Busy Robertson BoulevardMeanwhile, at the Abbey restaurant on Robertson — a popular boulevard to be on Oscar night — Esquire magazine, AIDS Project Los Angeles and Jennifer Love Hewitt hosted a fundraising viewing and after-party. Early on, at least, it wasn't an A-list affair. Tommy Chong was among a handful of celebrities at the viewing party but the only star who was just seven months out of a halfway house for selling bongs. The bearded and beatific Chong had just canceled his 30-city tour of "Marijuana-Logues," a spoof of "The Vagina Monologues," in which Chong and two other men recount their experiences with the drug.
At the nearby Elton John AIDS Foundation Oscar party, co-hosted by jeweler Chopard, guests filed, literally, into a big tent in the parking lot of the Pacific Design Center, where they were greeted with towers of pink roses, a dozen disco balls and a pink-and-white décor.
About 9 o'clock, Joan Rivers and a modest entourage of producers pushed their way through the crowd. "Press! Press!" Rivers shouted. Celebrities were thick on the ground. There was Donatella Versace wearing a dress that dripped purple sequins. Brooke Shields looked positively apologetic as she told a reporter from E! Entertainment Network that motherhood meant she didn't spend so much time getting primped for events like this one.
"Desperate Housewives" stars Marcia Cross and Eva Longoria breezed through, hand-in-hand. Donald Trump and his new bride, Melania, looked a bit puzzled as an acquaintance bemoaned her love life. "I need to get married!" she told the newlyweds. Then the woman looked to Trump's wife and said, "You know how hard it is!" Trump's wife just looked back at her.
Outside, Sir Elton, wearing glamorous blue sunglasses and a blazer hand-painted in the ancient Japanese tattoo style, and his partner, David Furnish, tallied up their success. They raised $1 million with their party this year.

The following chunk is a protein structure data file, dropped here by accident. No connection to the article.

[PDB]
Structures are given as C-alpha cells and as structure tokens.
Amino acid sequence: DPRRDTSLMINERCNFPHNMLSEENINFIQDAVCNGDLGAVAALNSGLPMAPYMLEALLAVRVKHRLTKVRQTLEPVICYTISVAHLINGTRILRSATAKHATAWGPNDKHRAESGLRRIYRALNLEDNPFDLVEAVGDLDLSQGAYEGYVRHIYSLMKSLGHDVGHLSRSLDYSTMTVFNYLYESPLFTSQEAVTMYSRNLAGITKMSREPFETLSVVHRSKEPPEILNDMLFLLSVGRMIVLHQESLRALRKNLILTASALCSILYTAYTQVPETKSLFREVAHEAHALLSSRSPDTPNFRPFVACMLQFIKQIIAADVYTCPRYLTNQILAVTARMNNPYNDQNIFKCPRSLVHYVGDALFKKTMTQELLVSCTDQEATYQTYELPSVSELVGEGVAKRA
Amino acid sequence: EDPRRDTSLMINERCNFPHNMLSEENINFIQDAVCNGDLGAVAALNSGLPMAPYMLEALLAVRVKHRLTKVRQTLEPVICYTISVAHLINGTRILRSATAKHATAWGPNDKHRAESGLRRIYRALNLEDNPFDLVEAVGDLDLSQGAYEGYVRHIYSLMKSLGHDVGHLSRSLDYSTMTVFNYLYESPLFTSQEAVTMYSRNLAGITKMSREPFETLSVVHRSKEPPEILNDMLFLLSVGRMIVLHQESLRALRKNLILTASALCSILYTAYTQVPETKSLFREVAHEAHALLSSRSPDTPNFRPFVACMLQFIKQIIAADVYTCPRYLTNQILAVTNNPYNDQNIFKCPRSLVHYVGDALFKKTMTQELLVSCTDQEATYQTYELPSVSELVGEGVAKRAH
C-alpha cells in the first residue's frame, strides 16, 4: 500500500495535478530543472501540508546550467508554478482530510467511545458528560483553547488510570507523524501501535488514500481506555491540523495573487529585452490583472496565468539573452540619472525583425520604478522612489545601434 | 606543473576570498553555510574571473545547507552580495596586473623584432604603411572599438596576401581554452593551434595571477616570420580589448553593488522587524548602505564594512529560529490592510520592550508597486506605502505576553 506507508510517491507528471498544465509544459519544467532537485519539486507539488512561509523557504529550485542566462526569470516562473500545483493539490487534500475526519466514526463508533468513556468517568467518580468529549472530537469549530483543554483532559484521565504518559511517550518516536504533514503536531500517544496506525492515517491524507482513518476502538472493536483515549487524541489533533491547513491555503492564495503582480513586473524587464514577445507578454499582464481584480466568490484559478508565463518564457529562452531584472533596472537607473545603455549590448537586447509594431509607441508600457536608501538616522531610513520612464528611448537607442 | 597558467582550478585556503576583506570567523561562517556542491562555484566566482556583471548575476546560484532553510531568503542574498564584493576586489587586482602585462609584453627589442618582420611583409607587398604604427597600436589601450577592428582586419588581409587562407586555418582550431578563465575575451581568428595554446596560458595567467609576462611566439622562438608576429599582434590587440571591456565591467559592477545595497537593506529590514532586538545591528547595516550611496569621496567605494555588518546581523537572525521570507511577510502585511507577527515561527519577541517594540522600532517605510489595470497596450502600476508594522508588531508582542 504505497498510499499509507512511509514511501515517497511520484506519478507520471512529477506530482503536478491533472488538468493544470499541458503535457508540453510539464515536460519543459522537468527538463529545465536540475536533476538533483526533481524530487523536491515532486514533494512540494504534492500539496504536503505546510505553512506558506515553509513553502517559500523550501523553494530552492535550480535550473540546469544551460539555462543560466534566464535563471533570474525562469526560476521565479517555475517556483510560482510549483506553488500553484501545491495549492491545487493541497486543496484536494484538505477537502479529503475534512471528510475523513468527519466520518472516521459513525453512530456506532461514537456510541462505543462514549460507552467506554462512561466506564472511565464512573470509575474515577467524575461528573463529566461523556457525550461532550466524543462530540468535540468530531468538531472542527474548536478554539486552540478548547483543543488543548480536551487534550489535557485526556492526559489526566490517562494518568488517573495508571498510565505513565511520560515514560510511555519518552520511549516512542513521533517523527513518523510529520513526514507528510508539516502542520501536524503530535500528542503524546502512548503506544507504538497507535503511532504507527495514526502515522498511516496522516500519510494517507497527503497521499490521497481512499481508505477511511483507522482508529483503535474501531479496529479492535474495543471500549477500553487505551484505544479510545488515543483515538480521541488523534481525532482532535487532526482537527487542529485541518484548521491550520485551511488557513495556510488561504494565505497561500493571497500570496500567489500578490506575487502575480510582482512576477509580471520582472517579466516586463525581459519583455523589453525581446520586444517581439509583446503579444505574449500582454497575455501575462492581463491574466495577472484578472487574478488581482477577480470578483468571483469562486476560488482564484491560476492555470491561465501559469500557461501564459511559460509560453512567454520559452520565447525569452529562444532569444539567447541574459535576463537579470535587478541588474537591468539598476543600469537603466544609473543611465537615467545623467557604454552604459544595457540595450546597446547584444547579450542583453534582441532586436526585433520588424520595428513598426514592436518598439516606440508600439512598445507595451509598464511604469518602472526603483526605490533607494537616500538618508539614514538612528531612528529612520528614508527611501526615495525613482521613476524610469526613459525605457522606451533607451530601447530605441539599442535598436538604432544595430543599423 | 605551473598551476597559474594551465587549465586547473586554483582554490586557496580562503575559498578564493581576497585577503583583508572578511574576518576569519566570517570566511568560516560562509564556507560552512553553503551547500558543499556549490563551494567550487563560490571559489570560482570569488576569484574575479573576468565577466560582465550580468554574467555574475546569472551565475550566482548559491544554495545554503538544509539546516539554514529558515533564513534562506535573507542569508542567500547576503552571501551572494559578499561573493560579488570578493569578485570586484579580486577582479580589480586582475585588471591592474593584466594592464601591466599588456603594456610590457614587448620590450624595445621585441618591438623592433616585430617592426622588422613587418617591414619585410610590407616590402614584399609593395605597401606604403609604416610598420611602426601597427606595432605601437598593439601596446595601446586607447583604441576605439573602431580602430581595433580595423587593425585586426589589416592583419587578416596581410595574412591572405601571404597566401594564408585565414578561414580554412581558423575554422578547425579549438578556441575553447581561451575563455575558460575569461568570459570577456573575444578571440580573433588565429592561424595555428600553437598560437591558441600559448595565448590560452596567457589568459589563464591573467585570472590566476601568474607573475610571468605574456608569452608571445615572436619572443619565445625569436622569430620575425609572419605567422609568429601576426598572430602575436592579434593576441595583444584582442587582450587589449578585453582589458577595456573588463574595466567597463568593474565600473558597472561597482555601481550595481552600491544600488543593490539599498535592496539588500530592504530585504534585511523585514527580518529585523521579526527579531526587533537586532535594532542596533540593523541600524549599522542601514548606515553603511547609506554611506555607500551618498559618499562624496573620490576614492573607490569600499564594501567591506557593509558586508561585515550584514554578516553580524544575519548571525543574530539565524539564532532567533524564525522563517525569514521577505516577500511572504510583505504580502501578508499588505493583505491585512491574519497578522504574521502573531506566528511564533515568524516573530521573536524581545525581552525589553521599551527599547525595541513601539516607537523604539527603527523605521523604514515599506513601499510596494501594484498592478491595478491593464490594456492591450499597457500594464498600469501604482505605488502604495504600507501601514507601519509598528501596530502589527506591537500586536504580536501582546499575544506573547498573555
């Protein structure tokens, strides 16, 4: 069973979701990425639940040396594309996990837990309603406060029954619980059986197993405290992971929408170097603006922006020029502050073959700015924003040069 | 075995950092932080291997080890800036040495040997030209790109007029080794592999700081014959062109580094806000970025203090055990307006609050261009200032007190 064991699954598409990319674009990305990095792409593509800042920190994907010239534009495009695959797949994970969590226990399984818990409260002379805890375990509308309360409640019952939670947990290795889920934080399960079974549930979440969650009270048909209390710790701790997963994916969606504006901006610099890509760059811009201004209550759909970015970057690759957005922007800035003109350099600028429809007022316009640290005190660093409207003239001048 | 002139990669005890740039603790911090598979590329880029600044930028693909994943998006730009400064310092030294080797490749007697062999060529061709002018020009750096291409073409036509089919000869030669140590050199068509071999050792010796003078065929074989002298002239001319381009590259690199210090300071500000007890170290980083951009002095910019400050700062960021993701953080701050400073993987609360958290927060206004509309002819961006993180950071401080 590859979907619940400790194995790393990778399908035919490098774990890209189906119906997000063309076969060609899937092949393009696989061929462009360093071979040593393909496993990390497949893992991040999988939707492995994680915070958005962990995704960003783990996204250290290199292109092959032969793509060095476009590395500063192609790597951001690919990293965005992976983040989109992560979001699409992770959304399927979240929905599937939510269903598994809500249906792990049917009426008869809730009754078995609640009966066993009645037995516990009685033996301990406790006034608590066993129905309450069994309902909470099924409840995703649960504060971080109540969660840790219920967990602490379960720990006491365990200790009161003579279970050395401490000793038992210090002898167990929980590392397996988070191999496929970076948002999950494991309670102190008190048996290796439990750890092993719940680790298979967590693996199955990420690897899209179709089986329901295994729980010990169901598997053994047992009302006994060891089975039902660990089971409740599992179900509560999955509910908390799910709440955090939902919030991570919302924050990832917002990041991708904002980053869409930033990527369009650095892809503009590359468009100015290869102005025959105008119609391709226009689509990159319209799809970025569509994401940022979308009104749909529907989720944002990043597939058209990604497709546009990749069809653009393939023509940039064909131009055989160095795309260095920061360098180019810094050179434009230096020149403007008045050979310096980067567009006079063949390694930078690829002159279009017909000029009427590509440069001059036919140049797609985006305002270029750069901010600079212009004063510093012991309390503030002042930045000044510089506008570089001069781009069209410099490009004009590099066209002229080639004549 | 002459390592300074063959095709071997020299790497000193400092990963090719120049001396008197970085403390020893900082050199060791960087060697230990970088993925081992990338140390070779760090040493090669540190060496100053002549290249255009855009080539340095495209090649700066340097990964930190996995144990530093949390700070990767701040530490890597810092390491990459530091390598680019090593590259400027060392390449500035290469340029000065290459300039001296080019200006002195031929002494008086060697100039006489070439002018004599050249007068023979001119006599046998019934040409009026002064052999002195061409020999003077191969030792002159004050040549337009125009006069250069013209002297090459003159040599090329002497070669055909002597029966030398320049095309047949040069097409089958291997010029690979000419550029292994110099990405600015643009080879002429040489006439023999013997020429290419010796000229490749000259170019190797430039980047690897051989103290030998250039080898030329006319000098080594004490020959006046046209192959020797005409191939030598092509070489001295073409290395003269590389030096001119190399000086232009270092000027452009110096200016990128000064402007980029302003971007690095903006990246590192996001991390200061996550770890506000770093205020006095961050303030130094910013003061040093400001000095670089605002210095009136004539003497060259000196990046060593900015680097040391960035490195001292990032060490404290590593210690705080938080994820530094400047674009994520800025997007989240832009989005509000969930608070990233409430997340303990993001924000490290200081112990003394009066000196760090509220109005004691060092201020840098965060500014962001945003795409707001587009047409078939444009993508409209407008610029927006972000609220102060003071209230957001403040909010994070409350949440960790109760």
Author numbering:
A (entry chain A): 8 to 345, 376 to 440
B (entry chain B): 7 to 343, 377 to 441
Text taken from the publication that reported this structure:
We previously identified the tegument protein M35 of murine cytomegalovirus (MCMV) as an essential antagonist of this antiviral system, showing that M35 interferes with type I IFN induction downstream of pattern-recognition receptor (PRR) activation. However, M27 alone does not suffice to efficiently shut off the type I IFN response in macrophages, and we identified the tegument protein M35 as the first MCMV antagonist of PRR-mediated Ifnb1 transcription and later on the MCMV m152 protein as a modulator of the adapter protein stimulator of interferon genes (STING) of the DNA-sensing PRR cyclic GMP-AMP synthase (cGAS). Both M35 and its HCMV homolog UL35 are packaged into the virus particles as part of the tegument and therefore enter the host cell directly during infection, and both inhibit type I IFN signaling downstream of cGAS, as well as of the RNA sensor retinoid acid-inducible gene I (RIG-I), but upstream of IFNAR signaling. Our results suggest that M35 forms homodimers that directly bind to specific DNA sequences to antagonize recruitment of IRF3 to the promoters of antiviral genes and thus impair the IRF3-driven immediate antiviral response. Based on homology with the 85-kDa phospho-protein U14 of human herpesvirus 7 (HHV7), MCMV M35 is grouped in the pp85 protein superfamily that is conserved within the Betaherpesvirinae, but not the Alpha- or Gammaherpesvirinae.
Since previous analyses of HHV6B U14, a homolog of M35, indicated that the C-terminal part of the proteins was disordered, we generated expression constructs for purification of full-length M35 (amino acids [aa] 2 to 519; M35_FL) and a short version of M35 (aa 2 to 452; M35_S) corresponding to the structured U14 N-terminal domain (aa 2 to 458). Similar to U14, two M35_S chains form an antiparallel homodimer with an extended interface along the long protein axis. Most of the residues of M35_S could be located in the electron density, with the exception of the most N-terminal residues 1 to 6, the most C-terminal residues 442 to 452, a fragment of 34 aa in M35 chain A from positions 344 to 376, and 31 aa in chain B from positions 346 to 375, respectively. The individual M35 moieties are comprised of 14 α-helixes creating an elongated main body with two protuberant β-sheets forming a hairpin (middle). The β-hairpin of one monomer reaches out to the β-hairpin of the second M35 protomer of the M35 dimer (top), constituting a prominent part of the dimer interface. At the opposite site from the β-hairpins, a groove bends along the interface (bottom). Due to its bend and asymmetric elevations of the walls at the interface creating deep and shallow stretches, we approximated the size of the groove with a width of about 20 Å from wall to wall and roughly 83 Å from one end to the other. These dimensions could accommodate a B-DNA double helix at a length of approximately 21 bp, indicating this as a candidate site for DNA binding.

"And we used to be happy with $100,000," said John. "And that's net," added Furnish. Chopard was especially generous, they said. John wore a diamond cross pendant the size of a child's head, and both he and Furnish showed off their Chopard diamond watches.
Liz Taylor was celebrating her birthday and was scheduled to arrive at 9:30. By 10:30 she still hadn't made it. "Elizabeth is always a little late," said John. (And indeed Taylor did arrive later.)
But wait! Here was Paris Hilton again, with her sometimes boyfriend Nick Carter, photographer David LaChapelle and Pamela Anderson, who took turns posing for pictures as former model Peggy Moffitt looked on.
Anderson wore a button-up shirt that opened to reveal pretty much everything that had made Anderson famous.
By 10:15 p.m., the red piano that had been auctioned off for more than $100,000 was playing "Rocket Man," and John's disembodied voice, which floated on the night breeze, was the same as ever, like so much else about this Oscar night in Hollywood. Big Tents are all well and good, but at the end of the day you want Pam, Paris and Elton.
Times staff writer Geoff Boucher contributed to this report.Copyright © 2015, Los Angeles Times